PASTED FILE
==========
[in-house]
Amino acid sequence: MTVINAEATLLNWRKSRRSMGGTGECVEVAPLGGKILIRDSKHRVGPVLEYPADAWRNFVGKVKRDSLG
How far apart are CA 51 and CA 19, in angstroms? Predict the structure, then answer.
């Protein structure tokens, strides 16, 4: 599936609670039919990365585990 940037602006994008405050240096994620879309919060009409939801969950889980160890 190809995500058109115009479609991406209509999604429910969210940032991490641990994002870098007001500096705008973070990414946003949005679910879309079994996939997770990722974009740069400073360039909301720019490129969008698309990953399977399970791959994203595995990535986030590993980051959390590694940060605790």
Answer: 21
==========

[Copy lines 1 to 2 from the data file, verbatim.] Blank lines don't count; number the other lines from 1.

[in-house]
Amino acid sequence: MTVINAEATLLNWRKSRRSMGGTGECVEVAPLGGKILIRDSKHRVGPVLEYPADAWRNFVGKVKRDSLG